"Homer [Salinas] had two degrees in music, but was a UT law student when he played with me," Donley recalls. "He played with Luis Alcaraz, and did some recording with him, and even sat in with Stan Kenton and Harry James."
Salinas was the soloist in the Pérez Prado 1955 instrumental, "Cherry Pink and Apple Blossom White."
"With Homer Salinas, it became a big, big hit. Now, it's a classic."
Attracting talented musicians to Las Estrellas encouraged Donley to write arrangements that featured their talents, and in doing so, demonstrated his own talent for creating complex harmonies for several horns, guitar, bass, and other instruments as needed.
"I wrote dozens and dozens and dozens, maybe even a hundred arrangements," Donley estimates. When asked just how many instruments he can play, he's characteristically self-effacing.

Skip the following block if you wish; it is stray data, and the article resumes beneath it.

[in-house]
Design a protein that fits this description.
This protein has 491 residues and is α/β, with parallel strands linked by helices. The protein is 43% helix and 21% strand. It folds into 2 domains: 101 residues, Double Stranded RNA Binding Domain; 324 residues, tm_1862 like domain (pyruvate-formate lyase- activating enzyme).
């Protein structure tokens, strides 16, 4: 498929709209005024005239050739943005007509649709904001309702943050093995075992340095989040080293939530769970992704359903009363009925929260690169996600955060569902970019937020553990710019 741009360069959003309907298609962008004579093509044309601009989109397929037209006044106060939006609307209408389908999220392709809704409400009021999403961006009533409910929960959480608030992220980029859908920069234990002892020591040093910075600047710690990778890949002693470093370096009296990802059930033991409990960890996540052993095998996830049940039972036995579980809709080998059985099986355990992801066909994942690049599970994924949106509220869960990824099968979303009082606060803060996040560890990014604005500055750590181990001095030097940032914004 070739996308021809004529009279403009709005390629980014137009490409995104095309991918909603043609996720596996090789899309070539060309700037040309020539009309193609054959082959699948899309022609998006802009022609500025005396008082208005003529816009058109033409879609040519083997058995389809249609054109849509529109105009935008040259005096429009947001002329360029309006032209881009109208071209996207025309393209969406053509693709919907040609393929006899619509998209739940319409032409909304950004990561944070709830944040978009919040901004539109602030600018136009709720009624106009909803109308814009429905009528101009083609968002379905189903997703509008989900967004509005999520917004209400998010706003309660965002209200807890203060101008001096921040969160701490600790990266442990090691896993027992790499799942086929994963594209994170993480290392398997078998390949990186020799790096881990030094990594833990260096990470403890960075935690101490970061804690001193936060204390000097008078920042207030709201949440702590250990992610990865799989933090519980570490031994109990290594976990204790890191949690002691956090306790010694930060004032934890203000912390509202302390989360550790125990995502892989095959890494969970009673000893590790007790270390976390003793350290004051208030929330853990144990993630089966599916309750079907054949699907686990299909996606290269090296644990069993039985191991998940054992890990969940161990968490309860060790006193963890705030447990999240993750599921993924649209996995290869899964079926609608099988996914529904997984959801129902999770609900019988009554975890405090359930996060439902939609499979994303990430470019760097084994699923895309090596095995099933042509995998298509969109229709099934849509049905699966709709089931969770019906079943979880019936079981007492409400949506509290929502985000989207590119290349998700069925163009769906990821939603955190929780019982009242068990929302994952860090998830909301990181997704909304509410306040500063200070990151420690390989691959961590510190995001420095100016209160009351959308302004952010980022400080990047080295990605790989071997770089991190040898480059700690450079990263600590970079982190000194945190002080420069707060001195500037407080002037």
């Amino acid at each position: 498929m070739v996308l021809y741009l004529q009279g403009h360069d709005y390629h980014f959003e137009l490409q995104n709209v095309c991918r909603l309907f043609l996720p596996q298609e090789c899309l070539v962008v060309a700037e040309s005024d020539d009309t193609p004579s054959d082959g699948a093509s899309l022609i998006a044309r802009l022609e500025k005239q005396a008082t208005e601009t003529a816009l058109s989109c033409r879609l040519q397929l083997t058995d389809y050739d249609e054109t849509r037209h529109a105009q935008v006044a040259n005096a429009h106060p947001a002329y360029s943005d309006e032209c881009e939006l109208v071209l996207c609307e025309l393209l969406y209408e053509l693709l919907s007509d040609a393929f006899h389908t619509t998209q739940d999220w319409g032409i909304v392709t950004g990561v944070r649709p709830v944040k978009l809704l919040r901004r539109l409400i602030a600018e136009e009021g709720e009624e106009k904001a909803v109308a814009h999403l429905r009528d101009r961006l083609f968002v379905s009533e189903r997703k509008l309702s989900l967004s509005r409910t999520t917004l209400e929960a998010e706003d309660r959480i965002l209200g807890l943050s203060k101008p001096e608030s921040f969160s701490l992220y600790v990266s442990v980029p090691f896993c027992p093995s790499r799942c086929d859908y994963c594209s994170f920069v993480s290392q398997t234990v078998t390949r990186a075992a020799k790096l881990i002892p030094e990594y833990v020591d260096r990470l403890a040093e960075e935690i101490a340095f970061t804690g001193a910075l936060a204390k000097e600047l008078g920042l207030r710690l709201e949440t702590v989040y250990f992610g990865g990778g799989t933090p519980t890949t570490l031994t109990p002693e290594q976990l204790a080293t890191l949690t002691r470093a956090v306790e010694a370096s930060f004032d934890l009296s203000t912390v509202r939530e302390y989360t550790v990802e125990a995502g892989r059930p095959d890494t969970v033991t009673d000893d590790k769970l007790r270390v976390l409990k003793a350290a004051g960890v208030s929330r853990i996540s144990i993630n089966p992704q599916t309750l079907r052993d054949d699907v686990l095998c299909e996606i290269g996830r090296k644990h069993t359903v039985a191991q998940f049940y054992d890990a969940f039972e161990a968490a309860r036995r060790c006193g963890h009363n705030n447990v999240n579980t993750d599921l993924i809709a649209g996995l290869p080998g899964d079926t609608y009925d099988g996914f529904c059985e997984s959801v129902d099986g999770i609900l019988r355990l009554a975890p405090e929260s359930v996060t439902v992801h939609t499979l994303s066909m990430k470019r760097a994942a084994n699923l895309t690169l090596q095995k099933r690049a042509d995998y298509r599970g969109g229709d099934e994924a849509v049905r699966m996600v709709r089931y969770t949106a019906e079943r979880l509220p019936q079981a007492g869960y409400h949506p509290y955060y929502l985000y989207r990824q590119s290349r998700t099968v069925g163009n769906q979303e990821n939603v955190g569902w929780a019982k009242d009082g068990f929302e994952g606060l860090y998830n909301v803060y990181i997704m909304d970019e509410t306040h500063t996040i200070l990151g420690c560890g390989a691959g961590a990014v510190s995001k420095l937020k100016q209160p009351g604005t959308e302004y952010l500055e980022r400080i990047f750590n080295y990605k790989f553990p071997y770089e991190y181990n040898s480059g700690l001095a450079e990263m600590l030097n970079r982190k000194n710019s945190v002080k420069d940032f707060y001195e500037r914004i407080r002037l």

"Real good? I don't play any!"
"No, I guess you can say I know the fingerboard of just about every instrument. I have to know the depth of an instrument as an arranger. I have to know the trombone, how it sounds where I want it to sound, and the flutes, the clarinets, the altos, your trumpets and treble horn. When you do orchestration, that's something you have to learn. And then the guitar itself, it has such a wide range."
San Antonio musician Fred Salas played with Las Estrellas for three years, and is another of the musicians Donley regards as one of the most talented with whom he has worked.
"He would come to my house and we would hang around and then I'd catch him with all my arrangements spread out on the floor, and he said, 'Some people say you're lazy. How'd you manage to write all this?' That was flattering."
Again, Donley laughs.